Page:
Prisons and Police Brutality: Last Line in the Defence of Exploitation and Oppression (Part II)

Over the past year in the United States and across the world, police violence against primarily black and brown working-class people has received renewed attention. The events that followed the murder of George Floyd at the hands of the police set off a wave of rebellion and protest beyond the US and across the world. The protest movement was quickly co-opted by sectors of the bourgeoisie, but the aftermath of the heady urban rebellions is that questions about the role of police and racism as tools of the capitalist class in dominating the workers are now asked more frequently than before. While liberal politicians, NGOs, and activist groups try to paint the constant police violence against black and brown working-class people in the US as an aberration from normality, we know that we must point out the fact that this is in fact no aberration, but the necessary outcome of a system which keeps an entire class of people in a dominated position and needs an armed force to enforce that subjugation.

“A New Day in America”?

In the United States police killings of black people are such a frequent phenomenon that from a young age, black children are given “the talk” by their parents in which they are told that if they are ever pulled over or stopped by a cop, they have the choice of either compliance or death with no in-betweens. But sometimes even compliance isn’t enough to satisfy the bloodlust of the police officer, as all too many families of those slain by them can attest to.

This sort of brutal behavior by cops against black people is nothing new and has a unique history in the United States going back to the beginning of European colonization and the forced importation of African slaves. Some of the earliest police forces in what is today the United States trace their lineage back to the slave patrols that were set up in the Southern colonies and later states to enforce that system of slavery. When slaves tried to flee their miserable lives on the plantation, the patrols were sent after them and caught them. When slaves joined together to rebel against their domination, the patrols were the forces that bloodily put them down. As chattel slavery came to an end following the termination of the Civil War, those patrols transitioned to the sheriffs and cops that we know today, and unsurprisingly inherited their tendency for sadistic violence against black people and the most downtrodden groups of society within the working class.(1)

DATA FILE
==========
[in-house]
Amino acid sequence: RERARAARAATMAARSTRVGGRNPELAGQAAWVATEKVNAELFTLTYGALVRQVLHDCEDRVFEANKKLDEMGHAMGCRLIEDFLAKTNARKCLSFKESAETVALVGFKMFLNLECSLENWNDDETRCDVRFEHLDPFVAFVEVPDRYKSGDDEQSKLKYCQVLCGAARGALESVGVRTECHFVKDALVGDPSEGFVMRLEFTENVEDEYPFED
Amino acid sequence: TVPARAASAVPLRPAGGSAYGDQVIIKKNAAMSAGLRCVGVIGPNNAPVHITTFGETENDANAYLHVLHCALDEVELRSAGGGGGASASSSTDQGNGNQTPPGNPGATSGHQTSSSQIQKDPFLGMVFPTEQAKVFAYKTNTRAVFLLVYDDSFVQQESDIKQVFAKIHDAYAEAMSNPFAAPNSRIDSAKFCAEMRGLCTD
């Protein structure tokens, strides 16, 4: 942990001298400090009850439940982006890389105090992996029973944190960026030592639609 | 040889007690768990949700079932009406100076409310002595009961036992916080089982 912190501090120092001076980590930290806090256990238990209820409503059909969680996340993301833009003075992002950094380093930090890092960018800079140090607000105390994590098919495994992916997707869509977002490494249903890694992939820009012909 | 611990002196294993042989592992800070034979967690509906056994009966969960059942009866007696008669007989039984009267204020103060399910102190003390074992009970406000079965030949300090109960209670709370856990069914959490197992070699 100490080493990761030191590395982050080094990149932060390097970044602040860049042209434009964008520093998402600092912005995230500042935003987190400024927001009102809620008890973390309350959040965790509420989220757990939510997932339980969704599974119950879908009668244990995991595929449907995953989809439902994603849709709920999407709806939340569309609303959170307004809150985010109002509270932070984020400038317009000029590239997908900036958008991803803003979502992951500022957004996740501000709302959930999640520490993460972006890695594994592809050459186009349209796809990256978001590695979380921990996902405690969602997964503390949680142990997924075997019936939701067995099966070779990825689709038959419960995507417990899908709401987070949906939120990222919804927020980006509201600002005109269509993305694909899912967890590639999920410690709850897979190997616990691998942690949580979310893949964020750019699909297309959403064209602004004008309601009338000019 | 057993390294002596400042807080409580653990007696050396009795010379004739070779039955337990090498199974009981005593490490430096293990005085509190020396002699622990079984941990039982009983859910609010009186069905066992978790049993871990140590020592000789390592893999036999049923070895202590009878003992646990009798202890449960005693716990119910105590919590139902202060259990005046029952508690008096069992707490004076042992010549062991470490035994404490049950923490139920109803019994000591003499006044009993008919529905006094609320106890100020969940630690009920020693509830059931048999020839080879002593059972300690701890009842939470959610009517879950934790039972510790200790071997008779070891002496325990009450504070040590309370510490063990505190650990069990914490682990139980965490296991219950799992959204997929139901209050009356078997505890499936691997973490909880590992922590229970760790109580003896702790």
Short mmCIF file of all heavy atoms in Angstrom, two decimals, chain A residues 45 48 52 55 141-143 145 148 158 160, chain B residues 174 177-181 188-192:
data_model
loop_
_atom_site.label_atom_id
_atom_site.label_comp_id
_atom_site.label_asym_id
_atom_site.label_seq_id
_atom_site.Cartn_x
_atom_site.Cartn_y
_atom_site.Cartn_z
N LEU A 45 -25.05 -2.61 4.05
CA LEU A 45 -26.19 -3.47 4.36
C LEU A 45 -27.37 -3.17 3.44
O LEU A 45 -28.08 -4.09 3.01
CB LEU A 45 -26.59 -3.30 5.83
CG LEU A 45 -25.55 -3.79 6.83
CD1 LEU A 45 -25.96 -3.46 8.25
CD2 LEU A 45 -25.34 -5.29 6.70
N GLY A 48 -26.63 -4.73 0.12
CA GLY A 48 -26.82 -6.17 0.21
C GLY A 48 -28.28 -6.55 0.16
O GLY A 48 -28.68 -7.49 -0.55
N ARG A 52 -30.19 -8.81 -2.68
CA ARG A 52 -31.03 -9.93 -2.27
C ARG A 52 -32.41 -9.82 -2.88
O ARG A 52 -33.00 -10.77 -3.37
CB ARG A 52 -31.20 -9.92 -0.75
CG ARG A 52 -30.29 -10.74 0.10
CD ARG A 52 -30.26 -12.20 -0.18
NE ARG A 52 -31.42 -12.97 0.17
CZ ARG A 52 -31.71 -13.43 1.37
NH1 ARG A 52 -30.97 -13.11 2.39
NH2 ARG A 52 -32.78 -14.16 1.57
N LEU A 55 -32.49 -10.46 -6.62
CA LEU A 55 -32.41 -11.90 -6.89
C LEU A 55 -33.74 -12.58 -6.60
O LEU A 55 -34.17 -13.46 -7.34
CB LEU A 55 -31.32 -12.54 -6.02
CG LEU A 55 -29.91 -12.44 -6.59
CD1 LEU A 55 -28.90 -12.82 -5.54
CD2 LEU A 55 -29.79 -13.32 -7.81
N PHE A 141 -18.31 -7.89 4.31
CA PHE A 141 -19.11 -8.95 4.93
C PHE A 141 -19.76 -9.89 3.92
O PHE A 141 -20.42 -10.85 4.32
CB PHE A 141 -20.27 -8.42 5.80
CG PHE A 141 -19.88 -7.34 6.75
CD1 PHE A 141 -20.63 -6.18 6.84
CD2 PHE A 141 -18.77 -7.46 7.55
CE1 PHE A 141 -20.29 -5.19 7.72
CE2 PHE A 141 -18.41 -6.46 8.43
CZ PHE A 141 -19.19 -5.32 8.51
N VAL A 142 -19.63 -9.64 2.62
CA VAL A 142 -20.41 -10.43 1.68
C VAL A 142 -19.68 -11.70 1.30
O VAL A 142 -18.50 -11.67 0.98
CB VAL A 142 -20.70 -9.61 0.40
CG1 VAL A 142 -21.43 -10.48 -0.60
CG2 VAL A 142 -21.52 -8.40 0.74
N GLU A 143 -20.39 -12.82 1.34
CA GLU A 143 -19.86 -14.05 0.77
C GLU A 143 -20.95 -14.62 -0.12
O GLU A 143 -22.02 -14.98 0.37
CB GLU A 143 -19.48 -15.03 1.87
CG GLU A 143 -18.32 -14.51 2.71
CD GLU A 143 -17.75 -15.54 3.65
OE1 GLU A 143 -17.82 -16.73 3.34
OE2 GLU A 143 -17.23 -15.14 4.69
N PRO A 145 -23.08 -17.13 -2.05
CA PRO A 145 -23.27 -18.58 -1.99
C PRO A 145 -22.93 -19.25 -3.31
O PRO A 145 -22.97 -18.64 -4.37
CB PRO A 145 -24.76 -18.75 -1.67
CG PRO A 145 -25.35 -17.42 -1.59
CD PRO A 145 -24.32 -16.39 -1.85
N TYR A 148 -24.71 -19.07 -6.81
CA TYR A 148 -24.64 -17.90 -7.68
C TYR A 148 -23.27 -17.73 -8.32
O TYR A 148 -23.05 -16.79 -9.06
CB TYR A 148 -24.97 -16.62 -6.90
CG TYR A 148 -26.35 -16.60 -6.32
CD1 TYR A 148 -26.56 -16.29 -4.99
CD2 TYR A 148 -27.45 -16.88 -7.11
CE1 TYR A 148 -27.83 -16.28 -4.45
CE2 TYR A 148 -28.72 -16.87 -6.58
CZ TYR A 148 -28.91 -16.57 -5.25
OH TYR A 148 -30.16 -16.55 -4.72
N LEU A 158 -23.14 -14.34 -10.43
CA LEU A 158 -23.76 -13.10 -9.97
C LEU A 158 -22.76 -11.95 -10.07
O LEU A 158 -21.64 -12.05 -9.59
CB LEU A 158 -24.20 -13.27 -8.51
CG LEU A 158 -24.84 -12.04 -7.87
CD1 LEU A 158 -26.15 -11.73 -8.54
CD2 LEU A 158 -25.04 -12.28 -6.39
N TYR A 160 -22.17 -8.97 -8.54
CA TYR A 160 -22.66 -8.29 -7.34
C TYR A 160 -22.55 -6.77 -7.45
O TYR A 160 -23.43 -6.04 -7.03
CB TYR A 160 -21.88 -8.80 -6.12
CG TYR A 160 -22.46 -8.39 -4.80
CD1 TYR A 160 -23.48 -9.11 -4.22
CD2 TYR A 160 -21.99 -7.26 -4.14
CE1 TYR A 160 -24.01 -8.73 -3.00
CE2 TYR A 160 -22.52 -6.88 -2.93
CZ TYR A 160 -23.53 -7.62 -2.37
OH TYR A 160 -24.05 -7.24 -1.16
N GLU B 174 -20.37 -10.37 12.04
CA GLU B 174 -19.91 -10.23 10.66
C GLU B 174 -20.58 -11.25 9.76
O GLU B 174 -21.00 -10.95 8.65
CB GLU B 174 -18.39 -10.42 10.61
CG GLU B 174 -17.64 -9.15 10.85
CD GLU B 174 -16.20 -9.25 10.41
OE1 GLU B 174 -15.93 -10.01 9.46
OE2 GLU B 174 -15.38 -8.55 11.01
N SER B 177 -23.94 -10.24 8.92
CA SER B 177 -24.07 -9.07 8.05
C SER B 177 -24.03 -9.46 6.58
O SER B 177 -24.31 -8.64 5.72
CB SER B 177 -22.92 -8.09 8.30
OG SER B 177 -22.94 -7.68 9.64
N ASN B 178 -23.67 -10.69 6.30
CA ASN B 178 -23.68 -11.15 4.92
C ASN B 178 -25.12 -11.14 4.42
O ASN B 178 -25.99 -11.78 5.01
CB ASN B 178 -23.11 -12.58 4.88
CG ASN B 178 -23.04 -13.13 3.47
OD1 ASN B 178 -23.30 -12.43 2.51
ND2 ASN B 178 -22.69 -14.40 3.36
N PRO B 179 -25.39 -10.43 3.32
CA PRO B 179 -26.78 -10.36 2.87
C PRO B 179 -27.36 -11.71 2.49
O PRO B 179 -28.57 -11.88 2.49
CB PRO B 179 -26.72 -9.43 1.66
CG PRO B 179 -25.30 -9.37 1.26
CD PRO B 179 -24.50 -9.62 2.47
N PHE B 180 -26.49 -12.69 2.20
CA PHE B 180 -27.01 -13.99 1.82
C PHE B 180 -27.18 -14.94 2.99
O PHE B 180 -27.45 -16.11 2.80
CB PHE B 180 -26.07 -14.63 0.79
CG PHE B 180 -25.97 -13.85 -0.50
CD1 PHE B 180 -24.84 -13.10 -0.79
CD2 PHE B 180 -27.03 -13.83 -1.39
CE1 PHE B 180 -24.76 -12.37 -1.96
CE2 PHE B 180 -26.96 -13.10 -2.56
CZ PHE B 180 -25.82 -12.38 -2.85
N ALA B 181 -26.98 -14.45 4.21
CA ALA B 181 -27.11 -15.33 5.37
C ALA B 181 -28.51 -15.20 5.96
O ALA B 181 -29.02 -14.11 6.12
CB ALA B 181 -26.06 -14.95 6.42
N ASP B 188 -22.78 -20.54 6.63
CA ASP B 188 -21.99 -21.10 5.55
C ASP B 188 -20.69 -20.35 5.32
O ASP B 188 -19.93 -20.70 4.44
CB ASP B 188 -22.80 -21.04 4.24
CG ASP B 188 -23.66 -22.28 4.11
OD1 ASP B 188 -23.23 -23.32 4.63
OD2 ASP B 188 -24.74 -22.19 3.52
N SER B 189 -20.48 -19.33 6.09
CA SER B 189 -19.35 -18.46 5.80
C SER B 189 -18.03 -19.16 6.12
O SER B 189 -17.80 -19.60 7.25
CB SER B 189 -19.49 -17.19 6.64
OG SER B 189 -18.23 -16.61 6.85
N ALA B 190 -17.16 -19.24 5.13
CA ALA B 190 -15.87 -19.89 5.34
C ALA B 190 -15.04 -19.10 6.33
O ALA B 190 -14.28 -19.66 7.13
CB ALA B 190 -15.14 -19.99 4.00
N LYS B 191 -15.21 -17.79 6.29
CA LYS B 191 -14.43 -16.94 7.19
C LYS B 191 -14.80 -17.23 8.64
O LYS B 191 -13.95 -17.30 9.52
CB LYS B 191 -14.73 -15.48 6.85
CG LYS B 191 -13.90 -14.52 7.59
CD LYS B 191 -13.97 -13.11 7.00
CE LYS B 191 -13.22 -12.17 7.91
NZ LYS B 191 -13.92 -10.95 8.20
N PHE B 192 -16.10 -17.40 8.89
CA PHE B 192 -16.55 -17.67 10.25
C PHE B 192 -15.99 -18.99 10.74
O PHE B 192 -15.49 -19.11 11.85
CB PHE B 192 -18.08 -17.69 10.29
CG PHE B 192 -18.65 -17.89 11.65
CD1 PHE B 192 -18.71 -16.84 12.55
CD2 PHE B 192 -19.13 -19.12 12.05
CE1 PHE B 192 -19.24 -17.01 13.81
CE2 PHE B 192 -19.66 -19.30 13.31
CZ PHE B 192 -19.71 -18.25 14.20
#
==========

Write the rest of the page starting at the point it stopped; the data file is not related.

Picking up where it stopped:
The story of police in the North is no less rooted in violence, the enforcement of an oppressive class system, as well as brutality against black people. The first modern police forces in the North arose in industrial hubs like New York City and Philadelphia, where a nascent working-class frequently fought back against the cruel living conditions that America’s young bourgeoisie had forced them into. The police arose as a response to the “disorder” that workers caused when they agitated and organized for better lives, and the bosses and the state sent in the cops at the first sign of workers fighting back. Often these workers were from immigrant communities, such as the Irish, Italians, Poles, etc., themselves and not considered “white” at that time, in addition to some blacks in the cities. The story of police in the United States is therefore a story of violence directed against the working class, with a particular target on those that don’t fit the current definition of “white”.(2)

For the last decade police killings and violence against black and brown people but also white people in some instances, have garnered more and more attention outside of the communities that they have historically impacted. The capitalist media has given greater attention to black and brown people fighting back against the issues surrounding police violence, from the rebellion in Ferguson in 2014 to the widespread rebellions in response to the murder of George Floyd in May and June of last year. While every urban rebellion leaves its mark on our society, the effects from George Floyd’s murder continue to particularly linger.